The to the problem of childhood obesity

The first source,
“Children’s Eating Attitudes and Behavior: A Study of the Modelling and
Control Theories of Parental Influence” studies the effects that parents
have on their children in regards to their eating habits. According to (Brown
& Ogden, 2004), if parents can be encouraged to recognize that their own
eating behavior is the most important source of information for their children
then maybe parents can be encouraged to adopt a ‘do as I say not as I do’
approach to their children’s food intake. The results of the study found that the parents and
the children both shared a similar diet that according to the researchers,
consisted of many unhealthy snack foods such as crisps, chocolate and biscuits
(Brown & Ogden, 2004). The researchers also noticed that whilst control
over diet, however, influenced the child’s food intake and not their attitudes,
using food to control behavior was found to have the reverse effect (Brown
& Ogden, 2004). One
psychological concept that this study focuses on is parental control. According
to (Brown & Ogden, 2004), some research has explored the impact of
controlling food intake by rewarding the consumption of ‘healthy food’ as in
‘if you eat your vegetables I will be pleased with you’.

Using credible
sources helps to ensure that the claims made in the Action Plan are truthful
and accurate. This
source is credible because it is a peer-reviewed research journal published by
a university press that is known worldwide. The source is relevant to the problem of childhood
obesity because the study looks not only at the eating habits and motivations
of children, but also the eating habits of their parents, along with the
control they have over their children’s diets. The study conforms to the ethical guidelines of psychology
by following the informed consent rule when recruiting participants. A
letter was sent to the head teachers of the schools, explaining the nature of
the project and requesting participation from one of their year groups (Brown
& Ogden, 2004). The researchers were very transparent in what the study was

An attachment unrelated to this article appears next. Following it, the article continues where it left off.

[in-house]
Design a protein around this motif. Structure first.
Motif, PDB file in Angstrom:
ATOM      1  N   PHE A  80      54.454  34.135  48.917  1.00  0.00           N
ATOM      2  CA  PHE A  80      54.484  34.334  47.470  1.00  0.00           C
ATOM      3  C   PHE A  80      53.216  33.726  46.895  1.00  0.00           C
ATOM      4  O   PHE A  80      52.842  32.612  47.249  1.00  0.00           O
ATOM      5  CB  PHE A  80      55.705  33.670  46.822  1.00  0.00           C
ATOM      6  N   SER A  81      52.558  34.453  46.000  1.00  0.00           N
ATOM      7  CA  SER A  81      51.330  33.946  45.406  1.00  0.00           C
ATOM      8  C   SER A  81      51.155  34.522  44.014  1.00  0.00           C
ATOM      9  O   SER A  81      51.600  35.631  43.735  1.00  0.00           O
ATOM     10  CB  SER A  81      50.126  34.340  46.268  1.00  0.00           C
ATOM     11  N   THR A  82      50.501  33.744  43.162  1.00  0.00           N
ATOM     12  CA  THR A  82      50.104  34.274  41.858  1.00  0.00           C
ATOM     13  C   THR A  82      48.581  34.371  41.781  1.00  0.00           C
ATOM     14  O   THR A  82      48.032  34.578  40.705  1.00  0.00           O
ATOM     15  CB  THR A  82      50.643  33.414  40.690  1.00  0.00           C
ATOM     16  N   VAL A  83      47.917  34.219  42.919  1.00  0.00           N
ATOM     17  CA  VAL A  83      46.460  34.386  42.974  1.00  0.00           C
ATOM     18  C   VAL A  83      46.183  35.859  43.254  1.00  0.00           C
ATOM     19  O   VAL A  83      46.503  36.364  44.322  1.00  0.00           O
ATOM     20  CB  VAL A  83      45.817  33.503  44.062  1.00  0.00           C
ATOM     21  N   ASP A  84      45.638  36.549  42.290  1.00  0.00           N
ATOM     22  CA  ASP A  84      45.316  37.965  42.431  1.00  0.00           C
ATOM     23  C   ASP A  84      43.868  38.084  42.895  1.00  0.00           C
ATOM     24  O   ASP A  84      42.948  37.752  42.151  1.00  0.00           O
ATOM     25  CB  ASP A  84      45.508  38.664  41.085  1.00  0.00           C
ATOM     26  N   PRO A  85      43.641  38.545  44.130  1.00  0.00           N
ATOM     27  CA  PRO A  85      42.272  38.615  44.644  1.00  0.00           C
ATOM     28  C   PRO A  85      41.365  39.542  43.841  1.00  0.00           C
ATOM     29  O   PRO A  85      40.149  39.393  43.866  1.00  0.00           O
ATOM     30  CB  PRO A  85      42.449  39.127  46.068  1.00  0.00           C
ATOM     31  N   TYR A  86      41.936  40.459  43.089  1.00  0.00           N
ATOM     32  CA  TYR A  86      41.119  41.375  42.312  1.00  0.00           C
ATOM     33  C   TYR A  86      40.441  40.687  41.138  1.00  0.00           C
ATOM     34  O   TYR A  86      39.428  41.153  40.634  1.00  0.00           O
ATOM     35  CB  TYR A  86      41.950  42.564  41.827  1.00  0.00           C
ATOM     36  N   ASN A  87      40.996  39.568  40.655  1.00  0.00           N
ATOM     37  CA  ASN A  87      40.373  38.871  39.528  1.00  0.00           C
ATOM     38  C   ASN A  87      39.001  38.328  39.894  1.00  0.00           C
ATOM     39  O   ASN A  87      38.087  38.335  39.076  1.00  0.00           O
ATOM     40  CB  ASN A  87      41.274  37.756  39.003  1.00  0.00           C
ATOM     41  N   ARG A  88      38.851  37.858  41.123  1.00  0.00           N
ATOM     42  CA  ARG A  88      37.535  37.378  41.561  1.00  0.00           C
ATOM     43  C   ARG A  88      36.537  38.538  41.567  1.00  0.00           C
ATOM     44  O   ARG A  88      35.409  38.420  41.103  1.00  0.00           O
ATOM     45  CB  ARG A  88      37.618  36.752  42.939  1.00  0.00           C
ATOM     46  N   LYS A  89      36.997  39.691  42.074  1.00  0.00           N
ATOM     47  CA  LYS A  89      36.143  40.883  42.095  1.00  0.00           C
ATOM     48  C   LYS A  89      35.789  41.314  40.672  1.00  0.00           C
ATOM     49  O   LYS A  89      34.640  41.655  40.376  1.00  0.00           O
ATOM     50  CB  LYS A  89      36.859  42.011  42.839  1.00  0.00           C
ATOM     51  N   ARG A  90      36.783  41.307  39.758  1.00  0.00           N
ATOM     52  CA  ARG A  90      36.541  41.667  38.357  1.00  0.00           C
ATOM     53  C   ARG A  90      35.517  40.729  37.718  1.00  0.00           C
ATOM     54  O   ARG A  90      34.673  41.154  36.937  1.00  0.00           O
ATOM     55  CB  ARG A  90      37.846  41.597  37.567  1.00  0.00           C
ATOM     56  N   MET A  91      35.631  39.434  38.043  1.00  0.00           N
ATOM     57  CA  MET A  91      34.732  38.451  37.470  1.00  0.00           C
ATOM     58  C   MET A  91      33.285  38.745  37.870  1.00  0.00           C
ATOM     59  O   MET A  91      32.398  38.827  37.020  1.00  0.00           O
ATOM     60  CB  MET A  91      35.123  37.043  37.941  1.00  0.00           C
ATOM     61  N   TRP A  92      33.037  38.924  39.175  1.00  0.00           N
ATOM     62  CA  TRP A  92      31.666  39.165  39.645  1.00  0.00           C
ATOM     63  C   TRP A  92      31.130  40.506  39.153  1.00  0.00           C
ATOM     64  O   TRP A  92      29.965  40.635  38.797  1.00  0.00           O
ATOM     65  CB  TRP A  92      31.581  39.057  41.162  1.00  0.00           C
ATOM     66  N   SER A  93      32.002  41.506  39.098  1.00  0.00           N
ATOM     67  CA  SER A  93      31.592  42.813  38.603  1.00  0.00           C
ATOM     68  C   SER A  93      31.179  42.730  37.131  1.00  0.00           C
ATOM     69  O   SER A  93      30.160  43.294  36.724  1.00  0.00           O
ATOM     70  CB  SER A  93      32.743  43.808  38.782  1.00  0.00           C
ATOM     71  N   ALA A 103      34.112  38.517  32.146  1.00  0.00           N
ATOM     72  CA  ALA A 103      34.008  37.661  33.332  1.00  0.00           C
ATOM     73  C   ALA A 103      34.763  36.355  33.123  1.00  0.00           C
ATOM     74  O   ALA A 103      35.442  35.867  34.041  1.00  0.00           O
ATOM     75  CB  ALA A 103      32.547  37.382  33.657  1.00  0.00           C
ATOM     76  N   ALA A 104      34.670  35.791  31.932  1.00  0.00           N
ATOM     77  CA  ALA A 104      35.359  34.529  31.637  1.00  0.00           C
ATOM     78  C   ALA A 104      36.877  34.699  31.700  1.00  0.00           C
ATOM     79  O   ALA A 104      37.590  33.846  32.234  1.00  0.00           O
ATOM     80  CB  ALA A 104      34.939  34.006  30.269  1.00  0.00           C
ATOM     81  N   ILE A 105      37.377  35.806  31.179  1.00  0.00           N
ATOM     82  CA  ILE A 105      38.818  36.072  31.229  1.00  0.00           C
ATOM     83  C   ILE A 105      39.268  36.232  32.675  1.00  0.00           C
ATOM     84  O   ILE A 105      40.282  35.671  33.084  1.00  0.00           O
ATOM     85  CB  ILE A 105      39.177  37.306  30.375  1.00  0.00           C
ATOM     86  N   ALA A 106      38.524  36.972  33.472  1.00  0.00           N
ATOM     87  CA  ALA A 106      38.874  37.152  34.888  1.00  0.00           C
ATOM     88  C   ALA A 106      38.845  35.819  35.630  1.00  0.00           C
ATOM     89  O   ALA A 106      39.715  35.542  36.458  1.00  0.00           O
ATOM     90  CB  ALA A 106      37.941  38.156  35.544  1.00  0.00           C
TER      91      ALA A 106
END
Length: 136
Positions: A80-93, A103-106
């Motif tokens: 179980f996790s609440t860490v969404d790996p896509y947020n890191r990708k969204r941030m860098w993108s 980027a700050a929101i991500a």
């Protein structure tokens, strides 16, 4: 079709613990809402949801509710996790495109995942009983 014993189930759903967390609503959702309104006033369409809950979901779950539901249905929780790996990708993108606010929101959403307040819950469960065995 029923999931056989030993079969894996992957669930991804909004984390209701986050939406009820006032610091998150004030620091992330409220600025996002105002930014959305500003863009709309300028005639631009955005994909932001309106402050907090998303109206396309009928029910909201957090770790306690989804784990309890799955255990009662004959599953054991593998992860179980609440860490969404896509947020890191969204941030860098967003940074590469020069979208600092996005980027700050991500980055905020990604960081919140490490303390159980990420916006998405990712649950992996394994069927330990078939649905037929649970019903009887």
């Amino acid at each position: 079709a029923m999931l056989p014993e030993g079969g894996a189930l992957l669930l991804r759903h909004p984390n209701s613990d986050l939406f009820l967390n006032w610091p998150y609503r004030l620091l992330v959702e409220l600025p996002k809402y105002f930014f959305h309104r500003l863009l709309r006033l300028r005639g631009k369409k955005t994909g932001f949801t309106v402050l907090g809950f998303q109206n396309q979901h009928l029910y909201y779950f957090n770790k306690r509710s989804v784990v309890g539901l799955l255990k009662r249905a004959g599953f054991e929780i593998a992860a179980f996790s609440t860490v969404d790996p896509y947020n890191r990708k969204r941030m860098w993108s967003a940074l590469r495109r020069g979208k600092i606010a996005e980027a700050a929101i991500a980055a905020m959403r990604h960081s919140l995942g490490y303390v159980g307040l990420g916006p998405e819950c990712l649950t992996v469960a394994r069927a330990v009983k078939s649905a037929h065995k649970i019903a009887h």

about, thus gaining approval of the school to continue recruiting participants.
Information was then sent to parents requesting consent for their children to
participate and asking if they would take part (Brown & Ogden, 2004). This study does not
contain any personal details regarding the participants names, the name of the
school or its staff, so they have maintained privacy and confidentiality.

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The second source,
“Targeting Parents Exclusively in the Treatment of Childhood Obesity:
Long-Term Results” takes a deeper look into the long-term effects that
parents can have over their children’s eating habits as the children grow up. The goal of this
research is to determine if a health-centered approach rather than
weight-centered approach (Golan & Crow, 2004) is more appropriate to help
combat childhood obesity in the home long-term. The results of the study found that overall, the reduction
in percent overweight was greater at all follow-up points in children of the
parent-only group compared to those in the children only group (Golan &
Crow, 2004). The
psychological concepts that this study looks at is the comparison of parental
modeling to parental control to see which has a greater affect. It is necessary
to alter the home environment rather than be preoccupied with the child’s
weight, because such a preoccupation may damage the child’s self-esteem as well
as the relationship between the parent of the child (Golan & Crow, 2004).

This source is
credible because both authors have published recently and also there was no
outside funding/support to provide any type of bias. This source is relevant to the problem of childhood
obesity because it shows that a home environment focused on healthy eating and
increased physical activity has a much more positive impact than a home
environment focused solely on a how much a child weighs. This study follows the guidelines of informed consent. The
Ethics Committee for Human Experimentation of Tel Aviv University approved the
research protocol, and all parents provided written informed consent (Golan
& Crow, 2004). The
research tells us that fifty of the 60 children initially randomly recruited
were located after 7 years (Golan & Crow, 2004). This implies that the
children were aware that they did not have to consent to the study even after
the first and second follow up visits were conducted.